Often, though, we’ve seen Major League managers adhere too closely to the time of the game. Even if it’s not the eighth inning, the seventh inning middle relievers must pitch. If it’s not the ninth inning, the eighth inning guy but not the closer will make an appearance. Oftentimes, closers end up pitching in lower leverage situations than the lesser pitchers behind them on bullpen depth charts. Sometimes, those lesser pitchers blow the game, and the closers never even see action. Losing with the best pitcher sitting on the bench can be a frustrating experience indeed. Ask any Yankee fan who had to sit through Chad Gaudin pitching before Mariano Rivera last year.
For 2011, the Yankees can do something different with the bullpen. While I’m not enamored with the Rafael Soriano signing, he certainly makes the bullpen better and deeper. Now, we just have to hope Joe Girardi uses him correctly.
With Soriano around, the Yankees have two closers: one for the ninth inning and one for appropriate high leverage situations that pop up late in close games. Earlier today at The Yankee U, E.J. Fagan explored Soriano as a fireman. Instead of the traditional eighth-inning only set-up guy, the Yanks should use Soriano to put out fires. Fagan proposes the following three rules to guide Soriano’s appearances:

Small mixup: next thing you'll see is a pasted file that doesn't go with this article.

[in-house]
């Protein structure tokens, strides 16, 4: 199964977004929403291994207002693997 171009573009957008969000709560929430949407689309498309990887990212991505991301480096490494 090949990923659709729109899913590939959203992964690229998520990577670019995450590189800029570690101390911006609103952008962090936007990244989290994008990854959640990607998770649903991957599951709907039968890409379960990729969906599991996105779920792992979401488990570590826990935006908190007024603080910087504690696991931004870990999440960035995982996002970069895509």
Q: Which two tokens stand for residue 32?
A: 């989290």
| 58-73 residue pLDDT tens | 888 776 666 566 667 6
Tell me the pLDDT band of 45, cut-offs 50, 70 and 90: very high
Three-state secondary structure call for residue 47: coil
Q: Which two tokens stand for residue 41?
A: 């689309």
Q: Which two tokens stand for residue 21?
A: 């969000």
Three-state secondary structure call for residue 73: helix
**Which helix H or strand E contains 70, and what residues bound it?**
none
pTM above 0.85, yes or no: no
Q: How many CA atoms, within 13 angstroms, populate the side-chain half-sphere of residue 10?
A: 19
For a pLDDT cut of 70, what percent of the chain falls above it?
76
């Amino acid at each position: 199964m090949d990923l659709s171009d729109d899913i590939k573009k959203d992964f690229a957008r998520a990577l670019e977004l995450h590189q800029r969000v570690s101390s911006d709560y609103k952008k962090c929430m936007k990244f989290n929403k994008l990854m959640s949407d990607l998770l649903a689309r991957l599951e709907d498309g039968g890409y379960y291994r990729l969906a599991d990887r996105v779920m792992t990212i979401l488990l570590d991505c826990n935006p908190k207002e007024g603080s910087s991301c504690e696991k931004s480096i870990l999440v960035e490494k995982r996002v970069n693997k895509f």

- In a close game, Soriano comes into innings 5-7 in any situation with the starter out (or gassed) with less than 2 outs, a runner on second or third base and a right-hander coming up to the plate.
- If no situation presents itself by the 8th inning, Soriano pitches the 8th inning.
- Against top lefty hitters with runners on base in a close game, Feliciano or Logan relieve Soriano. He stays with no runners on base and against most lefty hitters.